The new Apple CSAM detection feature coming later this year will launch in the United States and the company has planned for its gradual rollout, worldwide.
As part of the new Child Safety features, the upcoming Child Sexual Abuse Material (CSAM) detection feature will allow Apple to scan iCloud Photos using an on-device photo hashing system to match with a list of child abuse images provided by NCMEC. And when the matched images will be saved as safety vouchers will exceed a set threshold, the content will be eligible for human review, and perpetrators will be reported to the National Center for Missing and Exploited Children (NCMEC) or concerned law enforcement agencies.
The controversial Apple CSAM detection feature will launch in the United States in the Fall
The company announced that the new Apple CSAM detection and other child safety features will release in updates to iOS 15, iPadOS 15, watchOS 8, and macOS Monterey coming out in Fall. Now the company has confirmed that the Expanded Protections for Children will launch in the U.S only and later will be released to other regions in the world, on a country-by-country basis. MacRumors writes:
Apple’s known CSAM detection system will be limited to the United States at launch, and to address the potential for some governments to try to abuse the system, Apple confirmed to MacRumors that the company will consider any potential global expansion of the system on a country-by-country basis after conducting a legal evaluation. Apple did not provide a timeframe for global expansion of the system if such a move ever happens.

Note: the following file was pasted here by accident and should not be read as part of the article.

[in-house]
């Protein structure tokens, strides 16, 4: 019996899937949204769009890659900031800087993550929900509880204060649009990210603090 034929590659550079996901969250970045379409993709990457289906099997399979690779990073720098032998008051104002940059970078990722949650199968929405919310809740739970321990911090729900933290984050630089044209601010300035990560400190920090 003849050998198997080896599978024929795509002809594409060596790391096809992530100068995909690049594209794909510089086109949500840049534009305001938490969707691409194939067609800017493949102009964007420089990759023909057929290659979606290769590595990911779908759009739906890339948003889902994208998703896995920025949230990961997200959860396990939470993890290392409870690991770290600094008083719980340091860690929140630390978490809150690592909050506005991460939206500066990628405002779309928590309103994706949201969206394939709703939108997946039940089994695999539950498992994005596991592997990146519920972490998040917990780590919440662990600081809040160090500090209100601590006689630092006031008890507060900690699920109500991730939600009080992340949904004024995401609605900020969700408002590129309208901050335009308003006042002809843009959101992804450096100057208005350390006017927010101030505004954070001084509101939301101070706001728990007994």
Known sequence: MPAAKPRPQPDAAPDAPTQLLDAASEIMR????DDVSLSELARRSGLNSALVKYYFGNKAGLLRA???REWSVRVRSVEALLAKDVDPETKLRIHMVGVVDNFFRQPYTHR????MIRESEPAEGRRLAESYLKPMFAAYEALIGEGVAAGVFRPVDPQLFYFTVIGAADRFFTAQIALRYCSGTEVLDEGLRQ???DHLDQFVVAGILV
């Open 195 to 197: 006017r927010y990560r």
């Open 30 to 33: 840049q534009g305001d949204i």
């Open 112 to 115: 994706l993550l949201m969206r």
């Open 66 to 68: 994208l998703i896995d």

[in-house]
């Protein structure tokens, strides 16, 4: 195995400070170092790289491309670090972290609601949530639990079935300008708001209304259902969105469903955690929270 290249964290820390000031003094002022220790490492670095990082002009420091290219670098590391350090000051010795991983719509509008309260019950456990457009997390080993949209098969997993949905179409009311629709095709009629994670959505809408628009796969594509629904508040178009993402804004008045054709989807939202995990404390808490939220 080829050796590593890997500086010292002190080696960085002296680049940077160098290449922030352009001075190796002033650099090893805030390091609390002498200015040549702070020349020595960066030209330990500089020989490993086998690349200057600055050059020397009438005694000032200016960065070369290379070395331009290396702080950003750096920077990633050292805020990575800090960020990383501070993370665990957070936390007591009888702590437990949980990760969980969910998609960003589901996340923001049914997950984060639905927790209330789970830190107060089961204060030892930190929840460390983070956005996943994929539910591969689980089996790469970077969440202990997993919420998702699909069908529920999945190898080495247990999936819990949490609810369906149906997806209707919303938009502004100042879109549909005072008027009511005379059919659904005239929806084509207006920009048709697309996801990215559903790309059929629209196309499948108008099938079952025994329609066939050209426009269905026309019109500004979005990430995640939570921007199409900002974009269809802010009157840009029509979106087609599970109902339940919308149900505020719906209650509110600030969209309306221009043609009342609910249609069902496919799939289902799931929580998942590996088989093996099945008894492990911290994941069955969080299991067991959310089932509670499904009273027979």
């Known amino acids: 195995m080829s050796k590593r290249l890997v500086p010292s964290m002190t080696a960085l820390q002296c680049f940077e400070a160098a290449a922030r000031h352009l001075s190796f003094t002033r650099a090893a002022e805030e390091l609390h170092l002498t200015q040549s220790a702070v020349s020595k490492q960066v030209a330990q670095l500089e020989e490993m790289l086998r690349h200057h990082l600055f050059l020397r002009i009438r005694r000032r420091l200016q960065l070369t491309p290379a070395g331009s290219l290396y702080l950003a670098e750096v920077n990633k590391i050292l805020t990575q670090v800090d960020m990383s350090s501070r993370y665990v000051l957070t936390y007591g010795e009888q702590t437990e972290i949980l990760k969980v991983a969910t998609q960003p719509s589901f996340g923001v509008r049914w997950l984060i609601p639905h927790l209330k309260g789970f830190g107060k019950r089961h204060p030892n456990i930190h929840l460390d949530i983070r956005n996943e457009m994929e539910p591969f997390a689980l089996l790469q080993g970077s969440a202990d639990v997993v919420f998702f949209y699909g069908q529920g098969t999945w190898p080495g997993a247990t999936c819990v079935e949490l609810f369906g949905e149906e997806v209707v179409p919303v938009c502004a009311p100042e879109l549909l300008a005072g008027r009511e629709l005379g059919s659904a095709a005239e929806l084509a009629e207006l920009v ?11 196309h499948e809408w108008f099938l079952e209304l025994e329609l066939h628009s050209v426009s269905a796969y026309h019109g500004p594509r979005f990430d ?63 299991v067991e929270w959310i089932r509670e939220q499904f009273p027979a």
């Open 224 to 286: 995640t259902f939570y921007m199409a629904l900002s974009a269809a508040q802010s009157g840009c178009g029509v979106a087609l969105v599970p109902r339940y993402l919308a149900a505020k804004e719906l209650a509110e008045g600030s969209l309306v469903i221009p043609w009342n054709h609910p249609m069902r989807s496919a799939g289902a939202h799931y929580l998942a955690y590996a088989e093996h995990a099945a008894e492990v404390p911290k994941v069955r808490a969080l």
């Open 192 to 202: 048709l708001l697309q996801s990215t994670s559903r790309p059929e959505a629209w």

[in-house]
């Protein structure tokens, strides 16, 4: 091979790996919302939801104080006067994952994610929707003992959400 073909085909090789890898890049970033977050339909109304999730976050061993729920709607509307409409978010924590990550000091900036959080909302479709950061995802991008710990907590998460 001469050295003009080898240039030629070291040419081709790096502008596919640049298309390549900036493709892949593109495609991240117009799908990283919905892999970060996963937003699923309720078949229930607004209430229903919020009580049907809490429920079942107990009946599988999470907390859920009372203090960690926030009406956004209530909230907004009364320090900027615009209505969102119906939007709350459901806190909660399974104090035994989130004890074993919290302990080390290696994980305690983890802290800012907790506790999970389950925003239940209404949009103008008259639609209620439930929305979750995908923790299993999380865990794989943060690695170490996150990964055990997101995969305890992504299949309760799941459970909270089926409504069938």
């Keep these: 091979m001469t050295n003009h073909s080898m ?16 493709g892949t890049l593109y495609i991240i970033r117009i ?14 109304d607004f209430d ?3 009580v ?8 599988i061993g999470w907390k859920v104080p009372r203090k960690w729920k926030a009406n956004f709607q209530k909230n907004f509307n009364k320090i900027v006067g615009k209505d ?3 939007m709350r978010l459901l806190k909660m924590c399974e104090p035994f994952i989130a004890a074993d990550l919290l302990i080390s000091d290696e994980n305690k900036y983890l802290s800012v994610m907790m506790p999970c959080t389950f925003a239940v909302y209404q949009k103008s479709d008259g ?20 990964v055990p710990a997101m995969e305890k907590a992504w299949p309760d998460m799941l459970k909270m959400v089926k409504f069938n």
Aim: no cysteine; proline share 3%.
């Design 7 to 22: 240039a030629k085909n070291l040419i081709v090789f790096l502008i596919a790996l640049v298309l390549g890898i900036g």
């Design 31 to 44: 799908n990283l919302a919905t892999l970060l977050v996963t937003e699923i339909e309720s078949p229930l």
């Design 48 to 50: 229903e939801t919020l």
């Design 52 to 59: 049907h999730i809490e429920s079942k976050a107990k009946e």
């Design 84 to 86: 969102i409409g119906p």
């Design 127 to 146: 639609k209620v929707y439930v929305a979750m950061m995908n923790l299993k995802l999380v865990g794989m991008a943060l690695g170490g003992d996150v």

Since the announcement, Apple CSAM detection and iMessage image analyzing systems have faced strong criticism. Cryptography and privacy expert argue that these features have created a back-door to Apple’s users’ end-to-end encryption privacy which will enable governments, especially authoritarian governments to spy on anyone; public, journalists, rival politicians, or dissent. Thus, Apple also explained how the scanning system could not be exploited by governments.
Apple also addressed the hypothetical possibility of a particular region in the world deciding to corrupt a safety organization in an attempt to abuse the system, noting that the system’s first layer of protection is an undisclosed threshold before a user is flagged for having inappropriate imagery. Even if the threshold is exceeded, Apple said its manual review process would serve as an additional barrier and confirm the absence of known CSAM imagery. Apple said it would ultimately not report the flagged user to NCMEC or law enforcement agencies and that the system would still be working exactly as designed.
However, the concerns are not sprung from the immediate use of new tools but their impact in the long term. Ex-NSA employees and privacy whistleblower Edward Snowden says that Apple has turned its devices into surveillance machines, “make no mistake: if they can scan for kiddie porn today, they can scan for anything tomorrow.” His assessment is backed by Electronic Frontier Foundation, Matthew Green, and others.
The hash function will leak out. And that will leave “the secrecy of NCMEC’s database” as the only remaining technical measure securing Apple’s encryption.
But I’m going to tell you a secret: the really bad guys already have that database.
— Matthew Green (@matthew_d_green) August 8, 2021